Picture the perfect handbag: fuchsia-colored faux-crocodile skin exterior, elegant handles fastened with rose gold buckles and a jewel-encrusted clasp. It’s chic, exquisite, sumptuous—and delicious. In today’s world, a cake can be disguised as anything.

Hailing from humble beginnings, cakes were simple fruit and nut baked goods that were crumbled over the bride on her wedding day in a tradition called “crowning the bride.” Once the notion of eating the cake stuck, bakers began filling and smearing their creations with royal icing and marzipan, marking the beginning of the modern cake. But it’s doubtful that any royal baker would have predicted what heights the lowly cake would reach.

Today, cake decorating is an art limited only by the imagination. Food Network’s “Ace of Cakes” and TLC’s “Cake Boss” have taken it to a whole new extreme, using new tools and edible materials that bring castles, cars and characters to life in very tasty ways.

A far cry from their crumbly beginnings, contemporary cakes are all in the details: icing flowers can’t be hastily squeezed out of a pastry bag, but are meticulously crafted out of gum paste and dusted with coloring powders and pearly shimmer for three-dimensional glow. Impression mats add texture to previously lifeless edible trees and leaves.

Airbrushing adds depth and shadow to a scene.

Thanks to increased access to tools and classes, anybody can try their hand at cake decorating. For Shelly Baker, who has been teaching at the Canoga Park Kake Kreations store for 34 years, the learning never ends, especially as students present her with Pinterest-inspired projects. “I never get bored,” she says. While the most sought-after material these days is fondant, Shelly never sticks to just one product. She may use modeling chocolate instead of fondant, for example, or top a cake with a lace bow made from a SugarVeil confectionary icing mold (though she still calls herself a “buttercream icing kind of girl”).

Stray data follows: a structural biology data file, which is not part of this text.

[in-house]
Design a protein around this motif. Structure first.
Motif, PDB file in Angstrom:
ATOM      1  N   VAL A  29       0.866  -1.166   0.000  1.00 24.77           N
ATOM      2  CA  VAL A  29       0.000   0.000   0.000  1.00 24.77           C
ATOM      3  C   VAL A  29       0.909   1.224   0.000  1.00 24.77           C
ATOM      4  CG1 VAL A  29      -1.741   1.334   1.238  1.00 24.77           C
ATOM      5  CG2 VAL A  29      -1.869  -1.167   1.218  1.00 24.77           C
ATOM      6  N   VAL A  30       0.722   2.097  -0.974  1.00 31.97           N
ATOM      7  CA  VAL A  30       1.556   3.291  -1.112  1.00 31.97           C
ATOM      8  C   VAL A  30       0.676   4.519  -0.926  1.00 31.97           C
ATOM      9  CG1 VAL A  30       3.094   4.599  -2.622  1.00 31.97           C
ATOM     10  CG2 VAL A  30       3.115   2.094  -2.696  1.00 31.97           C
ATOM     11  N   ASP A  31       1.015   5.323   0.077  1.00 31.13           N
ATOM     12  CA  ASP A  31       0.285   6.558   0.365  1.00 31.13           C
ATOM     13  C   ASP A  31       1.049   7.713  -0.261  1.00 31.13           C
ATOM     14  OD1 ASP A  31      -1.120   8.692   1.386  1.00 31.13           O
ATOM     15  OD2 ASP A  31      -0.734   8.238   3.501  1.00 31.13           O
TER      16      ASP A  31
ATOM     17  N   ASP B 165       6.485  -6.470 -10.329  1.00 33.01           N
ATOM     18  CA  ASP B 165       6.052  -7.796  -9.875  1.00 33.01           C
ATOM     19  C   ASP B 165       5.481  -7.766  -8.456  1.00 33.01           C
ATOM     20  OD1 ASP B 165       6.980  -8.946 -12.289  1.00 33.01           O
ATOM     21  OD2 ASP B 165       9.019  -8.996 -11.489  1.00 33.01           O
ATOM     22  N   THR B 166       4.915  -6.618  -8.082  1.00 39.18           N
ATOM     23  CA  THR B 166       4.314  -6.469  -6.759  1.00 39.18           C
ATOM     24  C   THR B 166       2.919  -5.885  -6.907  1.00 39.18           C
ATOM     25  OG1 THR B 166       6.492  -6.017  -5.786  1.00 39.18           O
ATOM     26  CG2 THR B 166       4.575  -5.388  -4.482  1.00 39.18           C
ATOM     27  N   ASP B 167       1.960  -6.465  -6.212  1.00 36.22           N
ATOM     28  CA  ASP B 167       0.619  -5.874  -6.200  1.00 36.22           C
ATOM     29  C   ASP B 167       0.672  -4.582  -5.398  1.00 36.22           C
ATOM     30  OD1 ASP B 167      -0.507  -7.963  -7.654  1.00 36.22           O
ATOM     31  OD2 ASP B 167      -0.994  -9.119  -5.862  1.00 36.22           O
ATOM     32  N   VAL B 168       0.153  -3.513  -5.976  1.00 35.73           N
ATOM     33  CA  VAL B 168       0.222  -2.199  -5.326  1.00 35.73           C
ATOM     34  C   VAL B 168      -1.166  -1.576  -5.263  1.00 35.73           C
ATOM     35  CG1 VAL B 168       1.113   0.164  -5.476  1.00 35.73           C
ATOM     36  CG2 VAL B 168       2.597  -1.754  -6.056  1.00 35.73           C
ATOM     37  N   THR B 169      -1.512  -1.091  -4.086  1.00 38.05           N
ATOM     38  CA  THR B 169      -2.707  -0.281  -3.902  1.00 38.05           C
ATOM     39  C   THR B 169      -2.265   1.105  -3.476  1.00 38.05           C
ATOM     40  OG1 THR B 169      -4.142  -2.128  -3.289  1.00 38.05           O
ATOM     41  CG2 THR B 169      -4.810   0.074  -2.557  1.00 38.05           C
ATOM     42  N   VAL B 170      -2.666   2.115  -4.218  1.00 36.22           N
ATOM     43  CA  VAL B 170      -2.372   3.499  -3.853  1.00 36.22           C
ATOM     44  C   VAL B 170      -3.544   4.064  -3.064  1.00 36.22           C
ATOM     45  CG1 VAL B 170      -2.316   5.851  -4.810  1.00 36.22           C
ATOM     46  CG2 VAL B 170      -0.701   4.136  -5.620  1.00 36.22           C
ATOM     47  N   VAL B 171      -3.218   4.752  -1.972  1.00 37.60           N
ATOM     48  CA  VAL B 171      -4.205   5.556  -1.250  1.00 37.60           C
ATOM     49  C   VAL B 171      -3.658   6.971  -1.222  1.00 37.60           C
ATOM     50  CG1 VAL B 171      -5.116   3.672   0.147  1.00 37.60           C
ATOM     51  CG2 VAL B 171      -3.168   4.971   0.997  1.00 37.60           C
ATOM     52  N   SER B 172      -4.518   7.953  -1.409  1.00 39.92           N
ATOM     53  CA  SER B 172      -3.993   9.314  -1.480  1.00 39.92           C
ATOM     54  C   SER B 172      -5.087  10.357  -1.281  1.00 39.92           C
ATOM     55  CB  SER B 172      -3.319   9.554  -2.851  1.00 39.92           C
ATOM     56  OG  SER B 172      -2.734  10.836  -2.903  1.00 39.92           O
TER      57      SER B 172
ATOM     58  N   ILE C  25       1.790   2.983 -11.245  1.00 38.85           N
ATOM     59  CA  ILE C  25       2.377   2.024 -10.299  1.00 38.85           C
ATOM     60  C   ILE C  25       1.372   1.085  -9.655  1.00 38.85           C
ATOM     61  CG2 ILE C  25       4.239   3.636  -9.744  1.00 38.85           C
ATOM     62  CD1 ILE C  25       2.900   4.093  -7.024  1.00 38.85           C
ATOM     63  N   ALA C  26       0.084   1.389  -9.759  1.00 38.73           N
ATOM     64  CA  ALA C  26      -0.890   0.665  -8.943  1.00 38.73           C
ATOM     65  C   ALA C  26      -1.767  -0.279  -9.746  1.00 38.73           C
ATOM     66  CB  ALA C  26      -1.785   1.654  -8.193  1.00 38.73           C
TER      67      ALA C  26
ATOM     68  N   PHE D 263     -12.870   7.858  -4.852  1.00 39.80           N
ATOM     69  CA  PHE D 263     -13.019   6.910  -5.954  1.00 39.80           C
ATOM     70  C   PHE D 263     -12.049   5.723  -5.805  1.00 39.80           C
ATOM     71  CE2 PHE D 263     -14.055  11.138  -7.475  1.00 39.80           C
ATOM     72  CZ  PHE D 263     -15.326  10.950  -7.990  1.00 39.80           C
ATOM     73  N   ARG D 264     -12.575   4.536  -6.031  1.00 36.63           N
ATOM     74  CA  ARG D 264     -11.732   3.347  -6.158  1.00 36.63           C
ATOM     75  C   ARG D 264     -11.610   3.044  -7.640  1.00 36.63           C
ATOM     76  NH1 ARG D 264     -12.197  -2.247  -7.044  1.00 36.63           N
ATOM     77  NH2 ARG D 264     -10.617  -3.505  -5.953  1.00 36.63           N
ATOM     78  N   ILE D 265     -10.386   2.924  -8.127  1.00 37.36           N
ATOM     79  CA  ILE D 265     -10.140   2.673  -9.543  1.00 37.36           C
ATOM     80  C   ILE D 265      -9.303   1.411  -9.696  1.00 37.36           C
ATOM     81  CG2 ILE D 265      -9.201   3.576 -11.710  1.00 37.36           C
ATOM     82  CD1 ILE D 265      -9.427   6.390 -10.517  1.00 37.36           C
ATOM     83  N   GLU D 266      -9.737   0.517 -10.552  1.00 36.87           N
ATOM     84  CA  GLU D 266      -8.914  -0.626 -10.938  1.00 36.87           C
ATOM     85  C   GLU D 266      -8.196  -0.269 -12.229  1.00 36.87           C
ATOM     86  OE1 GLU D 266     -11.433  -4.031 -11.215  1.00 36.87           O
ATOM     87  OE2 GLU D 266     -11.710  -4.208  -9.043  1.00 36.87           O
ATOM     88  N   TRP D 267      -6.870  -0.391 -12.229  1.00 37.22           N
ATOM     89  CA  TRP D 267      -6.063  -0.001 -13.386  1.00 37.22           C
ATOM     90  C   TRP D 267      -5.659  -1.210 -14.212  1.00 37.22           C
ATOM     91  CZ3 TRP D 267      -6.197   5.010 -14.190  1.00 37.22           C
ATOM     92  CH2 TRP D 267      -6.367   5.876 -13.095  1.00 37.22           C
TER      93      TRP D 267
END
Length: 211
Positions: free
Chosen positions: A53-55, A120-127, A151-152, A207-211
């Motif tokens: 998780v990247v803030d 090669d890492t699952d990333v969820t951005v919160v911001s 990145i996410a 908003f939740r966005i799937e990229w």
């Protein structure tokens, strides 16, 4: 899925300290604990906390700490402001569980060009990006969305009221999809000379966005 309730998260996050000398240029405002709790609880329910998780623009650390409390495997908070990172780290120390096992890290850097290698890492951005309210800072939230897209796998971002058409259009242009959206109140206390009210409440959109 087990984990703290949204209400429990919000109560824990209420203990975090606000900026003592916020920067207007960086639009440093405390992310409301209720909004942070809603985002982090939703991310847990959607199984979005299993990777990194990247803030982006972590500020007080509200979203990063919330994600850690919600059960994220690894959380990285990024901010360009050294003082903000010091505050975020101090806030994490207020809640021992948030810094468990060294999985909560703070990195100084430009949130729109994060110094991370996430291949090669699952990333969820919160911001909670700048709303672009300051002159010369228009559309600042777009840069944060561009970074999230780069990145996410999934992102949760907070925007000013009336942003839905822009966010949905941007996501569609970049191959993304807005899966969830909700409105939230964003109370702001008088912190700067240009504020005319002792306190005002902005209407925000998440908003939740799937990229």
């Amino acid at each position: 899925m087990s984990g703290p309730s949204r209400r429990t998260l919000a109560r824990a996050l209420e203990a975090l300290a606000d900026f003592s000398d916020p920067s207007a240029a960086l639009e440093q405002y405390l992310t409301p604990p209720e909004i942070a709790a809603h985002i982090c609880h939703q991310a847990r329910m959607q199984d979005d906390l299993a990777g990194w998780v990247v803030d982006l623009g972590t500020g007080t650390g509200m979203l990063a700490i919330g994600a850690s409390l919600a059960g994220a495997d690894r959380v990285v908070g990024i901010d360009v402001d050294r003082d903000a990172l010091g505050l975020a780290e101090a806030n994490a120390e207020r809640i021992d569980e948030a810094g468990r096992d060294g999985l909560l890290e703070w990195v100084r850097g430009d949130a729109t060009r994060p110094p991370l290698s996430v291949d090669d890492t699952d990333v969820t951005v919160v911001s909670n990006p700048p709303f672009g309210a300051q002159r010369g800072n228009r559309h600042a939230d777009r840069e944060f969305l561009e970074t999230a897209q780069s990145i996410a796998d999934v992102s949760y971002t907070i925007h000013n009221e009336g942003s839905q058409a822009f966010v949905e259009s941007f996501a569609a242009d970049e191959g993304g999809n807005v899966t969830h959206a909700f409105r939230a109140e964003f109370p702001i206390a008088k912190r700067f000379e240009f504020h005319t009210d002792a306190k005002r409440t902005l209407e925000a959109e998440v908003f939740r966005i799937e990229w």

Katie Auerbach is a self-taught fondant aficionado who got her start making friends’ birthday cakes inspired by what she saw on television. Katie now runs a custom cupcake business out of Thousand Oaks—KT Cakes Cupcakes. “I find joy in turning a thought or idea into something real.” And that she does, topping cupcakes with baby toes, succulent plants, dogs in sunglasses or whatever else may spring from her imagination.

A cake today can be transformed into virtually anything—a bathtub overflowing with gelatin bubbles, a crystal butterfly formed from melted isomalt, a chic handbag airbrushed to perfection.
Anything.

Written by ALLISON MONTROY  Photos by MICHAEL COONS

“Let Them Make Cake!”

Local classes to help you get started

Jo-Ann Fabric and Craft Stores
Conejo Valley Plaza Shopping Center
1516 N. Moorpark Road, Thousand Oaks
(805) 496-2116
www.joann.com/classes

Michaels
Moorpark Marketplace
816 Los Angeles Ave., Moorpark
(805) 552-9140

5780 Lindero Canyon Road
Westlake Village
(818) 707-0013

Carmen Plaza